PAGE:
Review: Buffy Season 10 #1
A new team strips the old gang back to basics and presents a fresh nostalgia for season 10.
Dark Horse. Gage, Isaacs, Whedon.
As much as a Buffy The Vampire Slayer Super-Fan I am, and believe me when I say that I am, it pains me to say that the comics haven’t blown me away so far. I collected all of Season 8 and I was fascinated by the direction they took following the conclusion of the TV show way, waaaay, back (man I’m old). Watching the last episode, where Buffy (oh, SPOILERS for a decade-old final episode here guys. Again, old) activates every latent slayer across the globe was both a perfect finale to a show and a brand new beginning for a set of characters. It was genuinely gutting to know you would never know what happened next. Apart from the odd reference in sister show Angel, which still had one more season left in it, Buffy’s tale was seemingly at an end. Enter Dark Horse, and Buffy the Vampire Slayer Season 8. Whoop! And it was written by and overseen by Joss Whedon, and declared officially in-canon! Double whoop!
The comics continuation of one of my all-time favourite universes has been going strong for nearly seven years now, with a completed Season 8 and 9, spin off one shots, mini series, and new sister title in Angel and Faith, which is all awesome for the franchise. As I say though, I read all of Season 8, and to say it went in a completely new direction would be putting it mildly. Time travel, giant monsters, Buffy being able to fly (?) and the whole Twilight arc just served to take the characters further down a certain path and I wasn’t really following them. So when I started reading Season 9 I was already a little jaded and sadly dropped off the book. I’ve kept up vaguely with what’s been happening, but not read either Season 9 or Angel and Faith. I have always planned to read them eventually, but this issue, the first issue of Season 10, not only restores my faith in the franchise but makes me want to play catch up.
First things first: while it may seem weird that I’m reviewing an issue or even reading an issue that is the first part of a Season 10 when I either didn’t like or flat out didn’t even read the previous two seasons, I’d read enough about this issue to know that the new creative team of Christos Gage and Rebekah Isaacs were determined to start afresh and take Buffy back to basics – Slayer vs Vampires in a Californian town – and boy do they achieve their goal. Don’t get me wrong, there’s still quite a few plot threads and developments that will definitely benefit from you having read Season 9, but the beauty of this issue is that it’s not at all essential to do so. This is an issue with a mission, and that mission is simple: bring people up to speed while getting fans back to what they loved and remembered about the show.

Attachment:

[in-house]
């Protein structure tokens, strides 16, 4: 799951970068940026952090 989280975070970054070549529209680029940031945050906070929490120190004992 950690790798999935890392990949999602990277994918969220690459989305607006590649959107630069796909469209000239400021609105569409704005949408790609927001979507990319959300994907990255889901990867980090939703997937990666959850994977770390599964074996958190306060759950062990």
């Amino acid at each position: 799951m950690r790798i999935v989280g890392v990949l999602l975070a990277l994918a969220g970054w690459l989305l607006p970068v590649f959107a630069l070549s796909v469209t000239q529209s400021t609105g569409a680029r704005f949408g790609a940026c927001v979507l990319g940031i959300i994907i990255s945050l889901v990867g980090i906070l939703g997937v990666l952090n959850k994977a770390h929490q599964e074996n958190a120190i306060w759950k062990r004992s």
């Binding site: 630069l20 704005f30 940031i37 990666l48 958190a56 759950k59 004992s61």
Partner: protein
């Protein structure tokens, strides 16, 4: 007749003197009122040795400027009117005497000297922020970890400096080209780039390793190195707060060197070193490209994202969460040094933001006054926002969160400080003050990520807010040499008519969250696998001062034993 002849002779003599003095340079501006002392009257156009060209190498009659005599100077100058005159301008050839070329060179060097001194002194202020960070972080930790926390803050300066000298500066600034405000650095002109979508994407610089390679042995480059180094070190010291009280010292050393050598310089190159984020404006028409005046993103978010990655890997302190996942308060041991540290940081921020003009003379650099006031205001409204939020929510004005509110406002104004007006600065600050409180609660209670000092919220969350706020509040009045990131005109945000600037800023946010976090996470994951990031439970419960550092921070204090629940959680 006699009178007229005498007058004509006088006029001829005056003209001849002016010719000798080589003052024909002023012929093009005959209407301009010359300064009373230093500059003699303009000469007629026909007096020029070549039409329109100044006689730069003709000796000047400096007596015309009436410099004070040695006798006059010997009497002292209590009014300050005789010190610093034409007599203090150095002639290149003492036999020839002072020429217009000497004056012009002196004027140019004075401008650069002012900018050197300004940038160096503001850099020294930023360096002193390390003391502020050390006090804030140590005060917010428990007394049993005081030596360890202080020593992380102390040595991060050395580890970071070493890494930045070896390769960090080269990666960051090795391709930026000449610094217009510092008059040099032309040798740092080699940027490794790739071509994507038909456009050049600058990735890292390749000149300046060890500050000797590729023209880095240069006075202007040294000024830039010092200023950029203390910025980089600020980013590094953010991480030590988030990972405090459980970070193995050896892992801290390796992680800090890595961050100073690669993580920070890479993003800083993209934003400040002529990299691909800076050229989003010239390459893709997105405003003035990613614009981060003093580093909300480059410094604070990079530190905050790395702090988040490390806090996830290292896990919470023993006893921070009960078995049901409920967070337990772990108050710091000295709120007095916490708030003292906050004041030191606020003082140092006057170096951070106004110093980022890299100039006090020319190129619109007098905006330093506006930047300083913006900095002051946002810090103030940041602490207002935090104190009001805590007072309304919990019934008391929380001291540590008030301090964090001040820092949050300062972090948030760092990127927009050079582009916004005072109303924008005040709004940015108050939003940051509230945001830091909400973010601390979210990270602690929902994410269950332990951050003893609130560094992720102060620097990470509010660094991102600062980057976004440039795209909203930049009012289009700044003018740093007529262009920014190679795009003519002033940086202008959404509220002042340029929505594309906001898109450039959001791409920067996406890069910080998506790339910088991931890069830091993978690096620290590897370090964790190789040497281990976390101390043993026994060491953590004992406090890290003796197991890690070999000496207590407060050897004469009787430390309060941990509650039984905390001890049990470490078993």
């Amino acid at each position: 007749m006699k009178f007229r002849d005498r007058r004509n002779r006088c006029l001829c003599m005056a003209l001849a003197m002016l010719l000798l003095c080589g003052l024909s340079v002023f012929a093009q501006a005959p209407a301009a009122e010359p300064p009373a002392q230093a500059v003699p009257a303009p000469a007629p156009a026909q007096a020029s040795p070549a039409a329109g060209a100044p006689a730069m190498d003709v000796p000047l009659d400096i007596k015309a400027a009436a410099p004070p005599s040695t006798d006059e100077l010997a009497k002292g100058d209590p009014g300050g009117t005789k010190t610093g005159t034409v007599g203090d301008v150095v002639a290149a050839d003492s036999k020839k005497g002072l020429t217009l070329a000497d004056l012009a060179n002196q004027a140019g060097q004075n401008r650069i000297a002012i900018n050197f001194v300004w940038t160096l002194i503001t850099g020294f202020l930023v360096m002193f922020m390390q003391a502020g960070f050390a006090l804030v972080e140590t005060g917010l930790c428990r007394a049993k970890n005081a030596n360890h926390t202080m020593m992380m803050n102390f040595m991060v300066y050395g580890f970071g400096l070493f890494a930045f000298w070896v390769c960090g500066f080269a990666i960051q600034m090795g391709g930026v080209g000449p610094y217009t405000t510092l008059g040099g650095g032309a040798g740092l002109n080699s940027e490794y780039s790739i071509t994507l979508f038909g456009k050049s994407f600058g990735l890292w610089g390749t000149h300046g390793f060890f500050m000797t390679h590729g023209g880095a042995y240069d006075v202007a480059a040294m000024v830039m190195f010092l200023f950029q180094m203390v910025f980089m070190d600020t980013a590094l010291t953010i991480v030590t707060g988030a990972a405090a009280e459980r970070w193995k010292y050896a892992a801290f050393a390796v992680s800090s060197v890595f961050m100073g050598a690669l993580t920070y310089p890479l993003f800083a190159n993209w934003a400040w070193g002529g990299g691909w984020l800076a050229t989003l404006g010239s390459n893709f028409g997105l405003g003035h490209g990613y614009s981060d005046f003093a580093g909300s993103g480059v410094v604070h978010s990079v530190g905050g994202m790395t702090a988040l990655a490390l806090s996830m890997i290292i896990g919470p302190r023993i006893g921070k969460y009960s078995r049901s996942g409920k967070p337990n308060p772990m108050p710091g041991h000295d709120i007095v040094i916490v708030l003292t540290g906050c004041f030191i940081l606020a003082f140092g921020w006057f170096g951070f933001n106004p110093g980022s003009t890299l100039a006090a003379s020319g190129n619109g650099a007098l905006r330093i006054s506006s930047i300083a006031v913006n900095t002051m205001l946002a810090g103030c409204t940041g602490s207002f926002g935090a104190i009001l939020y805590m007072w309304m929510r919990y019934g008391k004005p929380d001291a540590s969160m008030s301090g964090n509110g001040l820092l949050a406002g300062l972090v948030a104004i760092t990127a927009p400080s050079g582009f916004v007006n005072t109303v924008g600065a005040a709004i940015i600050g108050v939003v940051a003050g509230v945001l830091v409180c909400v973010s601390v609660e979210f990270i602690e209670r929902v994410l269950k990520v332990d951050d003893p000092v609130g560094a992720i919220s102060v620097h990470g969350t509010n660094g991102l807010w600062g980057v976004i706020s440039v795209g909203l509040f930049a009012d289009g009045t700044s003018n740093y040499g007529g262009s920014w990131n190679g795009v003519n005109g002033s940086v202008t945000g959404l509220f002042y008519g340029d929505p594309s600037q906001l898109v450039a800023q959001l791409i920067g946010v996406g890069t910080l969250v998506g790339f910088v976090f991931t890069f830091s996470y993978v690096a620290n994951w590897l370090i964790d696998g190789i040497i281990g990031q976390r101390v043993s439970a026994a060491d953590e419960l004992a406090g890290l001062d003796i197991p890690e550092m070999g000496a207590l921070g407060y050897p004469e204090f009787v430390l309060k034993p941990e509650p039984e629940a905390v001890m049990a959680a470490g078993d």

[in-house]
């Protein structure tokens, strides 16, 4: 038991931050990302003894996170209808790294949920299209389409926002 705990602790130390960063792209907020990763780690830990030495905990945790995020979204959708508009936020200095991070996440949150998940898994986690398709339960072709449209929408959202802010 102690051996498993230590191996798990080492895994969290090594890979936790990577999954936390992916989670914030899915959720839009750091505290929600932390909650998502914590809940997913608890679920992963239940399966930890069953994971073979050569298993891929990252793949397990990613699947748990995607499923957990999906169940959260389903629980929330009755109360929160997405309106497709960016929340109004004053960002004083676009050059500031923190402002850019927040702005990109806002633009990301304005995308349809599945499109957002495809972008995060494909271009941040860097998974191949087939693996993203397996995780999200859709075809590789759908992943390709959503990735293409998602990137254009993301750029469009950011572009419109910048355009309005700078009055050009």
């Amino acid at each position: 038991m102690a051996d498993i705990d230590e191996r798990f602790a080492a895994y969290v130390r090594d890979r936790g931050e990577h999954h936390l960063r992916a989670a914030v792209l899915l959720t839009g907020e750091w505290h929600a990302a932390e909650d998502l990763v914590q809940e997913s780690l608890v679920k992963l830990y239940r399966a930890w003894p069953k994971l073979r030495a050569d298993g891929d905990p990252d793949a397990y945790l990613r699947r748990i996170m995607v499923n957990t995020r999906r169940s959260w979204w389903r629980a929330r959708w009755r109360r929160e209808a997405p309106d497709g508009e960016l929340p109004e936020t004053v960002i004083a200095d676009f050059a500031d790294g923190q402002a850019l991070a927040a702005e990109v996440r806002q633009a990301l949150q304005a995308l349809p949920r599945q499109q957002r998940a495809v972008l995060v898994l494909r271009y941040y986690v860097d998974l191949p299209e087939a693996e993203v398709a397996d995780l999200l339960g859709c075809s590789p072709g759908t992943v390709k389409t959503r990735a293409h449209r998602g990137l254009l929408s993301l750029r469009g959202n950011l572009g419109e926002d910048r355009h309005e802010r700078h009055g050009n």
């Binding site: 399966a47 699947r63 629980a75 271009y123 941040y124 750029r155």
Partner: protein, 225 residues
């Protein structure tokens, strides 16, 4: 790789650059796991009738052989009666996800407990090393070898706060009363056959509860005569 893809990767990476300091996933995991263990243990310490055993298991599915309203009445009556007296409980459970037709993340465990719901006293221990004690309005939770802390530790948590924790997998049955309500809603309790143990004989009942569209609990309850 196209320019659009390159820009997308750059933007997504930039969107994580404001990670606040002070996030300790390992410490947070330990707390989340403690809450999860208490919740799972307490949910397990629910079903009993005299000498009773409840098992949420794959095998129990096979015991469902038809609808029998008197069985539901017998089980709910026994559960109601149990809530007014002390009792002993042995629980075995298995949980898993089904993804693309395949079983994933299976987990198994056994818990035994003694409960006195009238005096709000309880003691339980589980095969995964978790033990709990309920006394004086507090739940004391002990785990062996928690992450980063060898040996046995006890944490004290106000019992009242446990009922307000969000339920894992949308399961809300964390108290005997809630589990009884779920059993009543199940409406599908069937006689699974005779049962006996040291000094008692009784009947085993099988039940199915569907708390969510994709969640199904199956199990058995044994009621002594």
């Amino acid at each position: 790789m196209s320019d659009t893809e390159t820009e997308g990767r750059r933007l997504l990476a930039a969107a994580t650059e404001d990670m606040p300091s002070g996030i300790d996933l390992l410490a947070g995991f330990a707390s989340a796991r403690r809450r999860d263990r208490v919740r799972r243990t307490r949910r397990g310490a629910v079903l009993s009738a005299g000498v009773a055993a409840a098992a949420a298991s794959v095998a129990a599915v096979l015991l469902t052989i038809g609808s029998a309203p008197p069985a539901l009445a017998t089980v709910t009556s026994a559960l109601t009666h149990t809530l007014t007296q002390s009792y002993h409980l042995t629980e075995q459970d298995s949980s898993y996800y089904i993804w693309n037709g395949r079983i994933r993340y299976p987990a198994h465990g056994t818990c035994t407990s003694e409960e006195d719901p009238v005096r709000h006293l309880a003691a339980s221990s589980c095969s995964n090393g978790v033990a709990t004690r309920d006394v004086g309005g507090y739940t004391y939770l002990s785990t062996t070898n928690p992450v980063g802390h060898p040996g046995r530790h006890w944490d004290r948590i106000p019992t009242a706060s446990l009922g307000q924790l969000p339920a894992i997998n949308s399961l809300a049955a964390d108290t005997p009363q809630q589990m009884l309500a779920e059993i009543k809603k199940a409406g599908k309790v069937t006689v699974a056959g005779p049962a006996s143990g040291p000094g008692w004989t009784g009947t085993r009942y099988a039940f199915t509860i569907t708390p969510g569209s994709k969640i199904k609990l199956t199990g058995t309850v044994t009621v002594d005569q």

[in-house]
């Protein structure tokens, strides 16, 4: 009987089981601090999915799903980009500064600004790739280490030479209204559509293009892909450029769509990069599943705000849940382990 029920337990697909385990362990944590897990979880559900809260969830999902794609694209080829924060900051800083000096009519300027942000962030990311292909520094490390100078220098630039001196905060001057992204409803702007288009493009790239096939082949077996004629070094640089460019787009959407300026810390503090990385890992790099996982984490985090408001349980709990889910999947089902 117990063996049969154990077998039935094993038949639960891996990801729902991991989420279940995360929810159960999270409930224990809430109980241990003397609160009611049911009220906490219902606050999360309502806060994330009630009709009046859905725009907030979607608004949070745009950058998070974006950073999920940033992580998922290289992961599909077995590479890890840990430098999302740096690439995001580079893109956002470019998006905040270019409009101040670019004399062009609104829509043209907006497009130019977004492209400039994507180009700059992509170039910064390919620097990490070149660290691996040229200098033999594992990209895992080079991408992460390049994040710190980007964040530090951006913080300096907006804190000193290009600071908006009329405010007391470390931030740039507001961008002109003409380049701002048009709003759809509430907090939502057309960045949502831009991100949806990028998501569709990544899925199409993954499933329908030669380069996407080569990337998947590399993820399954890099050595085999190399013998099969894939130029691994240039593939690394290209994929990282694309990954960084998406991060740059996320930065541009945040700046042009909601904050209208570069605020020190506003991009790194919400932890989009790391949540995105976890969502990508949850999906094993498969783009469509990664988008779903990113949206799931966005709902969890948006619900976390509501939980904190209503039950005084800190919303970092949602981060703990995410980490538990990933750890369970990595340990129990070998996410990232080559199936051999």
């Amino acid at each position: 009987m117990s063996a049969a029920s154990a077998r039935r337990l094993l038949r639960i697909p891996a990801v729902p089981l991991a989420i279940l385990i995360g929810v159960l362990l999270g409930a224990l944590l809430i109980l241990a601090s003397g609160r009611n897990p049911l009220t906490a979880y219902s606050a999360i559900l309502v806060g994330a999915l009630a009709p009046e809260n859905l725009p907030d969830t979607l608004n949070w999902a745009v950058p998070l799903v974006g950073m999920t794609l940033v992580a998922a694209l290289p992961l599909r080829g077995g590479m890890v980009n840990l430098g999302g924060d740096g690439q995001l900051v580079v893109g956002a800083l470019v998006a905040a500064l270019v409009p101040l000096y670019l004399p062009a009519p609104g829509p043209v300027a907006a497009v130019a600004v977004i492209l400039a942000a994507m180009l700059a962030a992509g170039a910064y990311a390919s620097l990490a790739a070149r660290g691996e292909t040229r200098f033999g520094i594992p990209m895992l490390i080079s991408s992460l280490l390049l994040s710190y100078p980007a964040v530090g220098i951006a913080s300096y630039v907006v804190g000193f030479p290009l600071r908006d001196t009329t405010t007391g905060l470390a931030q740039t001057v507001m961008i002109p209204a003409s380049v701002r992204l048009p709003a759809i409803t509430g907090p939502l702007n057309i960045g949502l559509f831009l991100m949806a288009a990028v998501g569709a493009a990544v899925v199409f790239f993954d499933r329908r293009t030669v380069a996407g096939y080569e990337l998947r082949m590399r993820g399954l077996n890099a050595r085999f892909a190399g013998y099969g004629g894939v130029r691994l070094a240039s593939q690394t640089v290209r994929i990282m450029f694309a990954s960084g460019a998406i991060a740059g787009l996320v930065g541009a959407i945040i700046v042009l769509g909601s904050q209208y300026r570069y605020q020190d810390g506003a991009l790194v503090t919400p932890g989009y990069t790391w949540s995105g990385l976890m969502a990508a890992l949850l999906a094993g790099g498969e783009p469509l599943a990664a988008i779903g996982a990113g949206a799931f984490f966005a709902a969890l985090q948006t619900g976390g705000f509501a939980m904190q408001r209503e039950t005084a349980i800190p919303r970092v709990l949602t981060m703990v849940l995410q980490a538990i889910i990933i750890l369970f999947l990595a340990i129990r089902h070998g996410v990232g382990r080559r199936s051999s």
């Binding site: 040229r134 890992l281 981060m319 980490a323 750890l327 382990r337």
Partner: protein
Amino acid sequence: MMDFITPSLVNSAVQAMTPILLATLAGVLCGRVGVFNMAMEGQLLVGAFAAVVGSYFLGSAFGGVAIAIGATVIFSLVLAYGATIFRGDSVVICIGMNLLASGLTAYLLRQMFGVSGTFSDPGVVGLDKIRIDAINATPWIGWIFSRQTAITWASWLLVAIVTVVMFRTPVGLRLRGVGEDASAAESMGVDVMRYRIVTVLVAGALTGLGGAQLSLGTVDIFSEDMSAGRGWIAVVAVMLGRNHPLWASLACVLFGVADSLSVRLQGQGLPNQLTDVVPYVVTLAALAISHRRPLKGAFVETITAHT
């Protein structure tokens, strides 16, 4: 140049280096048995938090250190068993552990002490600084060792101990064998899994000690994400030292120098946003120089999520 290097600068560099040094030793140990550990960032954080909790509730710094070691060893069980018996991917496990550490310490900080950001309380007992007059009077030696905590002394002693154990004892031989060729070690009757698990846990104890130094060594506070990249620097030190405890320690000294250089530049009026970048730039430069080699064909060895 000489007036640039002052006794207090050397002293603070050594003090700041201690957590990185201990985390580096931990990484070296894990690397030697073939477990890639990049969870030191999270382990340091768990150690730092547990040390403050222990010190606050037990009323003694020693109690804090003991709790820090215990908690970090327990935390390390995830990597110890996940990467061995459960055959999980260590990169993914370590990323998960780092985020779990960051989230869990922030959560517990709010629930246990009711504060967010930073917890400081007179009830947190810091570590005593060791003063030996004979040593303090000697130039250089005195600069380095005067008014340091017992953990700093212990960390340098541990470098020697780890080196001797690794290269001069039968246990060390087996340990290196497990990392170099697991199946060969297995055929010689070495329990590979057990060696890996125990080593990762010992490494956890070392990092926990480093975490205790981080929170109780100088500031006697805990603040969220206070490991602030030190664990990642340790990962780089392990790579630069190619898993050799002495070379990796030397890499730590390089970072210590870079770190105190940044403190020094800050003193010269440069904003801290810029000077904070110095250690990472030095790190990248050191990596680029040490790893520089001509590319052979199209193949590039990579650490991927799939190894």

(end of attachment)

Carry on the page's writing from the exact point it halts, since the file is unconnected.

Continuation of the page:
The Scooby gang is all back together, the enemies are familiar (with a fresh new twist) and the setting is practically nostalgic. Hell, even the characters comment on how everything feels like the good old days. Buffy has had enough of “crises and apocalypses and old boyfriends turning into mad Gods” and so have we frankly, and Gage knows it. This isn’t about nostalgia though; even the TV show embraced change more than most, so status-quo shifts are all par for the course. Rather this is about getting back to the core of what made Buffy the Vampire Slayer such an enduring and beloved franchise, and they’ve achieved that by creating a first issue that is a stand-alone read; that doesn’t ignore what’s come before but doesn’t lean on it; that smoothly and effectively brings new and lapsed readers up to speed with subtle exposition; and that puts all the old jigsaw pieces back together in such a way that it makes a brand new picture.
It’s kind of like when you meet up with a group of friends that you’ve not seen in years in the newly renovated pub that you all used to hang out in: it’s all new, everything has changed and yet in the best possible way, nothing has.
Likewise Rebekah Isaacs has had a fine line between old and new to tread. Not only has she got to create a look and feel that echoes the TV show, she has to have a style that fits in with an already established comic book series. It’s safe to say she makes it look effortless. The facial work is effective at portraying emotion, not to mention that they all look like both the actors and their Season 8/9 counterparts, a feat I imagine to be near impossible to accomplish. The action is fluid and fight choreography is clear and paced well, and overall I couldn’t be happier with the look.
Christos Gage (along with Isaacs) developed Angel and Faith, so he’s no stranger to the world, and he makes the jump to the Scoobies pretty smoothly. Like any set of characters that are 17 years old this year (jeez), their voices are already well established. Gage seems to pick them all up straight away – again, no easy feat – and doesn’t seem afraid of taking them in new directions.
There are a fair few plot points brewing here, as well as two old-favourite characters returning in surprising ways (one of which especially so for those who, like me, haven’t read recent issues). All of which will surely keep old fans and new readers coming back for more. Gage and Isaacs (et al) have taken the old and made it new again, and it seems that a change is indeed as good as a rest. Buffy remarks that “you can’t go home again”, but I think that sentiment has just been proven wrong.